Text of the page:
November 2020



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General Dynamics LAV-25

US Marine Corps, Afghanistan, 2015.

Trumpeter 1/72  with  various accessories

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Have a look at many more of my AFV models on my AFV pages

In the late 1970s, the USMC looked to move its forces to a lighter an more mobile posture, better fitted to the anticipated brush fire wars of the coming decades.  As part of this it adopted a developed version of the Canadian Piranha 6x6 light armoured vehicle, itself based on the proven Swiss MOWAG design.  The resulting lightly armed 8 wheeled design was to be amphibious and capable of carrying in a C-130 for rapid deployment.  It was equipped with a M242 Bushmaster 25 mm autocannon, two M240 7.62 mm machine guns, and two 4-barrel smoke grenade launchers.

LAVs entered service with the USMC in 1983 and first saw combat in the US’ 1989 Panama invasion.  They remain in widespread service, including deployment to Iraq and Afghanistan. Surplus vehicles have been supplied to the US Army for its own Airborne Division rapid deployment units.  Up-armoured and improved variants are now in service and expected to remain so into the 2030s.

Building the Trumpeter LAV-25 Kit:

This is my second LAV-25 build using the Trumpeter kit - the first I did in normal colours and markings, so this one I have done in a desert scheme.  They were bought as a cheap job lot, with several parts missing. With a little innovation, I have managed to build both. This one was missing one wheel, so a replacement was cloned up using my silicon moulding material and some Milliput putty.

I have added a few accessories in the form of resin rucsacs and white metal ammunition boxes as well as adding some extra fuel and water jerrycans.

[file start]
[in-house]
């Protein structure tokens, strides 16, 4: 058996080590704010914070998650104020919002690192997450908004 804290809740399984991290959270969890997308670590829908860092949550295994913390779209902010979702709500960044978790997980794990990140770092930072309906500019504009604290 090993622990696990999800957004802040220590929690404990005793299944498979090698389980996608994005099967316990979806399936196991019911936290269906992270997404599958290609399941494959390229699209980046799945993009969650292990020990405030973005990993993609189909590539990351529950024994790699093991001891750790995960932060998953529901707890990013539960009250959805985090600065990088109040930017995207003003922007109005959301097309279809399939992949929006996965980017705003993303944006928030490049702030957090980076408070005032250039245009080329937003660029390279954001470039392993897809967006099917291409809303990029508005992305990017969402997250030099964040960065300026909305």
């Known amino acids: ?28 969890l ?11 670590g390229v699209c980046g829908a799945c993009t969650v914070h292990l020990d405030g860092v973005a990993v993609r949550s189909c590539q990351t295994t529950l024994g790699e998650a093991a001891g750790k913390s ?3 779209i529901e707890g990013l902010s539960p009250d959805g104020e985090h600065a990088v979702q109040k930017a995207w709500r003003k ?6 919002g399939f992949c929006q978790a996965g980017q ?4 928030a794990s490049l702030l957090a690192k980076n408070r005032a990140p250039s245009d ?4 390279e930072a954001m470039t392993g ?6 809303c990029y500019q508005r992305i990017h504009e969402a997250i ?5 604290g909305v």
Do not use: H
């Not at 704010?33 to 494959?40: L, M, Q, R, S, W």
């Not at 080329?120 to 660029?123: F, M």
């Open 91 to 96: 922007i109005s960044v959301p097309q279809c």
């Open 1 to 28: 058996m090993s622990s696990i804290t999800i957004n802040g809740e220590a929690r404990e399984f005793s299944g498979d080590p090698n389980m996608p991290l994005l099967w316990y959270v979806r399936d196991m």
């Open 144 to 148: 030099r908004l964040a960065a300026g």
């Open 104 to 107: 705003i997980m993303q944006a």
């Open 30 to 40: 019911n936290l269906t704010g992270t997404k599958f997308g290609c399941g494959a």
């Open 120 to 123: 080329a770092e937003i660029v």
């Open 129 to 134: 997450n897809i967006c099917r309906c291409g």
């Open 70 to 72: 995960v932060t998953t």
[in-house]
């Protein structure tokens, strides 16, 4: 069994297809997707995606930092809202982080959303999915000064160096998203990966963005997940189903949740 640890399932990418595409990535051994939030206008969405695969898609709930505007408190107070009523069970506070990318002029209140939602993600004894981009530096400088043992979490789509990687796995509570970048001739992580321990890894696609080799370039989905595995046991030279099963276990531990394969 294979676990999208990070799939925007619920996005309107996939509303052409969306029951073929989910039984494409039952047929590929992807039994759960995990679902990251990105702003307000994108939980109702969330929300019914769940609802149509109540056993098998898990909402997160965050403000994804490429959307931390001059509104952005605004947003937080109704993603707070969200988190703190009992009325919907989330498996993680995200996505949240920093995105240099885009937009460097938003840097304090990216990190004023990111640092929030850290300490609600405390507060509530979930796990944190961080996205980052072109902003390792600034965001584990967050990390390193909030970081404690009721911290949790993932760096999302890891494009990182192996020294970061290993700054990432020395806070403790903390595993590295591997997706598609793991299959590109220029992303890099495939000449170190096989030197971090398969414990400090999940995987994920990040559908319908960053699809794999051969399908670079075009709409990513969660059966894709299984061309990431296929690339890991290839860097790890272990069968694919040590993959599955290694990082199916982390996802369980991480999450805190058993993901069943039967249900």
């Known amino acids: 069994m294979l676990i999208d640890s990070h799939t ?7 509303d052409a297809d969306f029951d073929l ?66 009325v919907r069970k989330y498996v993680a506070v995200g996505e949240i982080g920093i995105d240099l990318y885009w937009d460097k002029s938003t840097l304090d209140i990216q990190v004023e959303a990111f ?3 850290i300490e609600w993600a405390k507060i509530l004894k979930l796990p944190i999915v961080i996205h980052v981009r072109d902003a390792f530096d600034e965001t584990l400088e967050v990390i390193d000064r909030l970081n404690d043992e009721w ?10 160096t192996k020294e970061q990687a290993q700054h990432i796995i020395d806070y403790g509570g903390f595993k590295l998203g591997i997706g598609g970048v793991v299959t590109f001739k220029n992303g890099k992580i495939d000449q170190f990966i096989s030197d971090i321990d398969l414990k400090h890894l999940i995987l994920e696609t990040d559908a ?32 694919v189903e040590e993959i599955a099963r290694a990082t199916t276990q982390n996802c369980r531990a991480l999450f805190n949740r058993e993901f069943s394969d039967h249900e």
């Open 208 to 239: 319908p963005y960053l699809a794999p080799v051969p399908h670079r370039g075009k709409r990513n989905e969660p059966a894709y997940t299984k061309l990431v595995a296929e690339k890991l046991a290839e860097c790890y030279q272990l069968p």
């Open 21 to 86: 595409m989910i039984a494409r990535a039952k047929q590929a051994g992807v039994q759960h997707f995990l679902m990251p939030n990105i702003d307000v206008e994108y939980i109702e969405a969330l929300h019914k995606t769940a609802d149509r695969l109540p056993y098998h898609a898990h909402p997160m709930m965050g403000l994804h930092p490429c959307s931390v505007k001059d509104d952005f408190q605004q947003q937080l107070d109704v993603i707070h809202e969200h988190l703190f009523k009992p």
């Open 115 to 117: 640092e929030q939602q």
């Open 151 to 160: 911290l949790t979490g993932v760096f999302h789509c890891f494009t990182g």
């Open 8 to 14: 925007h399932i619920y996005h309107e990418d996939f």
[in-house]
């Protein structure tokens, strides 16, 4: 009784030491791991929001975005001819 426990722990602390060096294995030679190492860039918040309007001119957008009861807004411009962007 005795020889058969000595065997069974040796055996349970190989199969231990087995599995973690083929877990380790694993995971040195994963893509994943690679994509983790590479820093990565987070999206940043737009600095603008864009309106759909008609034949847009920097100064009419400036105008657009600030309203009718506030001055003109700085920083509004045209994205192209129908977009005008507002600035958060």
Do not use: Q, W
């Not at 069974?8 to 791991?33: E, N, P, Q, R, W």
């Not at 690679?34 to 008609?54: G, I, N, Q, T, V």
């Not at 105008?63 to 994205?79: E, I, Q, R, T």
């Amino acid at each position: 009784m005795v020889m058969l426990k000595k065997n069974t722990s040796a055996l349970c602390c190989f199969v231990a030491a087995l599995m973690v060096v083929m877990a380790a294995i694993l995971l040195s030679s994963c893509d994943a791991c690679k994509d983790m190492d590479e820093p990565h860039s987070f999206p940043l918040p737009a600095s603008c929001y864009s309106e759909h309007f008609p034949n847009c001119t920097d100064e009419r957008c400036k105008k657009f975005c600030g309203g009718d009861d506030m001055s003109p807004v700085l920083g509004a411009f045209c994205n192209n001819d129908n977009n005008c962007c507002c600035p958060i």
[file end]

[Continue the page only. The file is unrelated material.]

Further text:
With my previous LAV-25 build, also from the Trumpeter kit

Force Protection Inc. Cougar MRAP

US Marine Corps, Afghanistan, 2015.

4D 1/72  with  various accessories

The Cougar MRAP was developed in response to an urgent USMC requirement for a protected Heavy Engineer Vehicle for use in Iraq and Afghanistan, where allied forces were coming under increasingly effective attack from improvised explosive device (IED) attacks.  Developed initially by FPI in response to a 2001 British Army requirement, the vehicle was further developed to meet US needs in a number of roles, with the first entering service in 2004, 6 months after it was ordered.  

Built around easily replaceable chassis and drive train components, the Cougar gives protection against small arms, land mines and IEDs.  Composite side armour gives conventional protection while a V-shaped underhull directs mine and IED blast saway from under the vehicle. Shock resistant seating and full harness seatbelts give added protection to crew and passengers, whilst dual air-conditioners allow troops some respite from desert temperatures.  

Available in 6x6 and 4x4 variants, over 4,000 were fielded by US forces alone and have saved many lives.

Building the 4D Cougar MRAP Kit:

Several of these 4D “Puzzle Model” kits are regularly advertised on e-bay.  In general they look to be crude and intended for snap together builds, perhaps for wargaming purposes.  

This one looked a little different, so at £10 outlay, including postage from China I felt it might be worth a look.  I was pleasantly surprised by what arrived. Very nicely moulded, with what appears to be acceptably accurate detail (including an interior). It assembles easily, perhaps not entirely snap together, but as good as most AFV kits that I have built.

My only minor criticisms would be the detail on the tyres (overdone) and the lack of real windows/clear armoured plates on the machine-gun turret.  There are also no decals, although these would be pretty minimal in any event.  

I suspect that the kit draws heavily on CAD files derived from one of the very similar 1/35 kit s on the market (perhaps Meng’s) as the detail and layout is spookily similar (albeit with many fewer parts!!).  I had hoped to use it as a basis for a British Mastiff kit, but although it would provide a goosd basis, the changes would be very significant, and are currently beyond me.

Definitely a nice kit,  and I wonder when/if we will start seeing it in Trumpeter or Revell boxes?